hawthorn fly fishing

Fly Fishing the Hawthorn Hatch

As predicted, Spring almost seems to have been bypassed this year and as we enter early summer, our rivers are  dramatically coming to life.  Chris Ogborne takes a look at the enigmatic hawthorn fly, a species now well on the wing, with some expert tips and recommended fly patterns.

“There are many signs in the countryside that Spring has truly arrived: The swifts soaring and screaming overhead, the first cuckoo call and the first brood of hatched duckling paddling in the margins.  But for me, there’s a humbler and less obvious candidate – the first Hawthorn flies hovering over the hedgerows.

spring fly fishing in Devon
Unless you’re lucky enough to fish a river that has a decent mayfly hatch, these jet black flies are likely to be the first real feast of the season for the trout.  The hawthorns are prolific, for one thing.  They  can generate huge swarms and the fish love them.  Once used to them, they will rise with total abandon often with a splashy rise form more often seen on Irish loughs  at Mayfly time.

Like the mayfly, however, the fish seem to take a week or so to get locked into hawthorns.  It’s almost as though the smaller wild brownies are afraid of their size, or maybe cautious would be a better word. I watched a little fish on the Fowey this week, rising from the river bed as each insect passed over him, but failing to find the confidence to take it.  I’ve seen this behaviour before and even on the big lakes you can sometimes observe rainbows slashing at daddies without actually taking.

Hawthorn fly drowningNot waving but drowning! Temperature change periods are prime.

While you might need some patience, though, once the fish get a taste for hawthorns, there’s no stopping them.  So when do trout take advantage most? Well, hawthorn flies are particularly susceptible to temperature change and if there’s a cold snap or even if the sun goes in for a while, you’ll often see them falling onto the water in large numbers, at which time the fish get well and truly locked on.  Similarly in the evenings, as the days warmth recedes and the cool of evening takes over, there can be a significant fall.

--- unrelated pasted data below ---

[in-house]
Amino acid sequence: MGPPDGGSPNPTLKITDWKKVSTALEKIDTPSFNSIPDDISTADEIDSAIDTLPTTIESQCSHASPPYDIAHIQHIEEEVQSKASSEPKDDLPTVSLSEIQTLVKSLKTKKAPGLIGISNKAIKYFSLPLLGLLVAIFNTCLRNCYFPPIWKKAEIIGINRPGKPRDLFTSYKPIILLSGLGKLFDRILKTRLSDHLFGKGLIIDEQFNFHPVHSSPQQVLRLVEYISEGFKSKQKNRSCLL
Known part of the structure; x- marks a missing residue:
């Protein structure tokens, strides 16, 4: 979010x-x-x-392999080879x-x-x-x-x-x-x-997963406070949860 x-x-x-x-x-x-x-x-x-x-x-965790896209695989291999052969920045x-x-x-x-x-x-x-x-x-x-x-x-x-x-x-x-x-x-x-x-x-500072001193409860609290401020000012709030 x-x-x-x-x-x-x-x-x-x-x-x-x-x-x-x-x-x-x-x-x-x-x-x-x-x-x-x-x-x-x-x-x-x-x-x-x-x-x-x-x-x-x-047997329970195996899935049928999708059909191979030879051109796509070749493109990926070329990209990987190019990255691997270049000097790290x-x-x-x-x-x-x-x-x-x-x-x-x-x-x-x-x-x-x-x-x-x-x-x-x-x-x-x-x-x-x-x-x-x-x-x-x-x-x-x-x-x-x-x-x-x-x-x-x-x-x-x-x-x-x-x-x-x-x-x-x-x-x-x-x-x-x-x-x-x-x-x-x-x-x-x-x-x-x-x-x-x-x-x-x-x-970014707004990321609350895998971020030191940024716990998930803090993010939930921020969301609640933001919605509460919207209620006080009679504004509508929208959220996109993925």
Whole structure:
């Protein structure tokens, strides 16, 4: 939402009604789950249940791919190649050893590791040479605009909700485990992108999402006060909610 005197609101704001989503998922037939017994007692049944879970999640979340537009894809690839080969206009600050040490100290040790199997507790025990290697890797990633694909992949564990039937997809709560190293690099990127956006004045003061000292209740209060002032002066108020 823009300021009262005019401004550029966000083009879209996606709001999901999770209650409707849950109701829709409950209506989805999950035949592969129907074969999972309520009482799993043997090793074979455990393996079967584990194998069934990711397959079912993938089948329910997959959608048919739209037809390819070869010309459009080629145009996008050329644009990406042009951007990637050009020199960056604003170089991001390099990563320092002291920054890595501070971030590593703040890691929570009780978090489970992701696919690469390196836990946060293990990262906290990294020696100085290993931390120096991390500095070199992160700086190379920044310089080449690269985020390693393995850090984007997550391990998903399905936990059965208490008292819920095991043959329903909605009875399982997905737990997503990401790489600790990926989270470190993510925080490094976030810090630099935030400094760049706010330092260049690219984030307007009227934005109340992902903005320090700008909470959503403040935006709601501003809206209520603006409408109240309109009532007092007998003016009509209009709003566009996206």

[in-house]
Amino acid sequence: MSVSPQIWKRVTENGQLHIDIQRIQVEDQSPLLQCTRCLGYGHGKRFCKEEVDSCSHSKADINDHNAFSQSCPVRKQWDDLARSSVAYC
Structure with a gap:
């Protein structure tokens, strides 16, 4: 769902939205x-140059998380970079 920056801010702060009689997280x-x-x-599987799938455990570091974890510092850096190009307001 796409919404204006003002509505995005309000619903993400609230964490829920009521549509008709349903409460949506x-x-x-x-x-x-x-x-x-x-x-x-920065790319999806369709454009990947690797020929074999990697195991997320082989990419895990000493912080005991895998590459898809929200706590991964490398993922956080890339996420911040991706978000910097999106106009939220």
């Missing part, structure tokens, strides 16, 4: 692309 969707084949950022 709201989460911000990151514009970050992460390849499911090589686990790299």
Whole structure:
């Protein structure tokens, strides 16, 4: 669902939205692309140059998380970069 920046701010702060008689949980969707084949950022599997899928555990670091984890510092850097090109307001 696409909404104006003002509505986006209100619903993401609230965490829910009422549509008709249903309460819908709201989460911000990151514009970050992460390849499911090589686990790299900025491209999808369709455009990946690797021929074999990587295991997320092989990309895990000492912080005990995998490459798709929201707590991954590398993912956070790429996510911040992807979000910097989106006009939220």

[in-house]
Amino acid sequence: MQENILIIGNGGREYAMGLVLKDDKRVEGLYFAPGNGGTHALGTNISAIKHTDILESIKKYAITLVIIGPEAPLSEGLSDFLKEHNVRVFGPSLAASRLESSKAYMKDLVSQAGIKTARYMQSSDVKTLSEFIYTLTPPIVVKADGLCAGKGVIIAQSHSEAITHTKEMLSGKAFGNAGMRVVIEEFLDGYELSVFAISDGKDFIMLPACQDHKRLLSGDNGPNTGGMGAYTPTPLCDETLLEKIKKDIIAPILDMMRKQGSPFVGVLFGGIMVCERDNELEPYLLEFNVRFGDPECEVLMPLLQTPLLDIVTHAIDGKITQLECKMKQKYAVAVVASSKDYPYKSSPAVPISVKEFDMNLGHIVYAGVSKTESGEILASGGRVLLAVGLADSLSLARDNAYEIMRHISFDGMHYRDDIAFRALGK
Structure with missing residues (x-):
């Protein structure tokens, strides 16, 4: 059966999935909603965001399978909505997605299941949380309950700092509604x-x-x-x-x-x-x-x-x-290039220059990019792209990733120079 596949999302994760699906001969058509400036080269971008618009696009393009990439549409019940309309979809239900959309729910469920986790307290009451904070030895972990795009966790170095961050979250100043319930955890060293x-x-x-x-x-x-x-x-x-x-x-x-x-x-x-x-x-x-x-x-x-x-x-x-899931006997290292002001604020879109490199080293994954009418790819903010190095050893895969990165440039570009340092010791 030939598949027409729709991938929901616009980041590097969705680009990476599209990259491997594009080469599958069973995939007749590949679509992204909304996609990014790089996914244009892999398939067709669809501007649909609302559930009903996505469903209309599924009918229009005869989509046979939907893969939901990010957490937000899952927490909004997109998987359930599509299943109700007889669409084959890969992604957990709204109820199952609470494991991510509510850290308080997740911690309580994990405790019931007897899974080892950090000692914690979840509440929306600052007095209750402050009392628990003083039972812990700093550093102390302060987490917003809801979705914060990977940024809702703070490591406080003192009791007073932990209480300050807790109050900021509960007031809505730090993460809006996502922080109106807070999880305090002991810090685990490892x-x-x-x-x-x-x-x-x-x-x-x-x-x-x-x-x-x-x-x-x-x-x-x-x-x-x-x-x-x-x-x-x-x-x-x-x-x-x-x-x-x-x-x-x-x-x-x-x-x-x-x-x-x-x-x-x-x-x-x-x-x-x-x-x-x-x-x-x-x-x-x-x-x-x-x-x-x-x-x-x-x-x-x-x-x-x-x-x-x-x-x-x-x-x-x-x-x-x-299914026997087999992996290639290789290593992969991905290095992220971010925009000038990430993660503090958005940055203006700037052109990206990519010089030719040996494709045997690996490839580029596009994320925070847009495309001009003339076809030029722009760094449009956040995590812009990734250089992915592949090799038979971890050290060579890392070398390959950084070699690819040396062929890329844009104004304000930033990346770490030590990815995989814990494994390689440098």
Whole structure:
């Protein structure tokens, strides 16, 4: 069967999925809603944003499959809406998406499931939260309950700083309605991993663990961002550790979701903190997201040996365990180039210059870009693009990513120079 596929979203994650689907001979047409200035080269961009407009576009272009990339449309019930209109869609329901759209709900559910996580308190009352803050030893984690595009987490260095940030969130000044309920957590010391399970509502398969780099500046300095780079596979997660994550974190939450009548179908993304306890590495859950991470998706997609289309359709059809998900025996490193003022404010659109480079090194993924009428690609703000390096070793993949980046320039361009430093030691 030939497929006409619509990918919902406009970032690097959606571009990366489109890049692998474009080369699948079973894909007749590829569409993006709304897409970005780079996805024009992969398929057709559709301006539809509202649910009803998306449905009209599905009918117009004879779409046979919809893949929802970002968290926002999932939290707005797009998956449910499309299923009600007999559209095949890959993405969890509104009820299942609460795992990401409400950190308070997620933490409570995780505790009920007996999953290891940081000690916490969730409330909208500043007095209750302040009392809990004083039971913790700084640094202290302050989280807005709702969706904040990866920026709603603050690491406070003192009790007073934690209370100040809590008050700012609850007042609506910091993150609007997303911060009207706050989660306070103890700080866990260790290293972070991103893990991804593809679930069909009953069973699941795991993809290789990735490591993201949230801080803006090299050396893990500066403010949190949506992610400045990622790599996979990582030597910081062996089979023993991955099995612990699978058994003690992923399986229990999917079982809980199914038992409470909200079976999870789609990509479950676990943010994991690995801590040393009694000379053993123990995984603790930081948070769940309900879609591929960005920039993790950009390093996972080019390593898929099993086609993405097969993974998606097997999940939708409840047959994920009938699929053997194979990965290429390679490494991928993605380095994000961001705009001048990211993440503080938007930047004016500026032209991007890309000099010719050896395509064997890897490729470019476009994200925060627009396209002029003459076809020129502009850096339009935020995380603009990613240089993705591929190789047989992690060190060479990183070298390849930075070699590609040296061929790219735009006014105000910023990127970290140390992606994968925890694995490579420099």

Top hawthorn fly patterns and how to fish them

So which flies are best to imitate hawthorns? That old adage for fishing wild rivers is ‘any fly you like as long as it’s black’ has a lot of truth in it, and I’ll almost always start a days prospecting with the ubiquitous black gnat or an emerger version such as the Hi-Vis Black Gnat (below), one of my favourite barbless river flies.  These small, black flies imitate are readily accepted as a small hawthorne (or any one of many small terrestrials!) even without that characteristic pair of trailing legs.

But there’s  nothing like the real copy and the great thing about hawthorns is that they’re dead easy to imitate at the tying bench. You can exaggerate the all-black body and the gauzy, almost white wings with either a conventional pattern or even a parachute version, which not only replicates a drastically drowning fly, but makes it easy to spot in white water or faster runs.

Whichever pattern you try, fishing it well-drowned is often more productive than presenting it neatly; so think “in” rather than “on” the surface! If you don’t tie your own flies, Turrall produce several effective imitations, including the dry hawthorn (below):

Turrall winged dry hawthorn Enjoy Hawthorn time while  it lasts.  I have  a feeling that we’re in for a long hot summer this year as all the country signs are pointing to it, so make the most of  this early surface sport.”

Chris Ogborne

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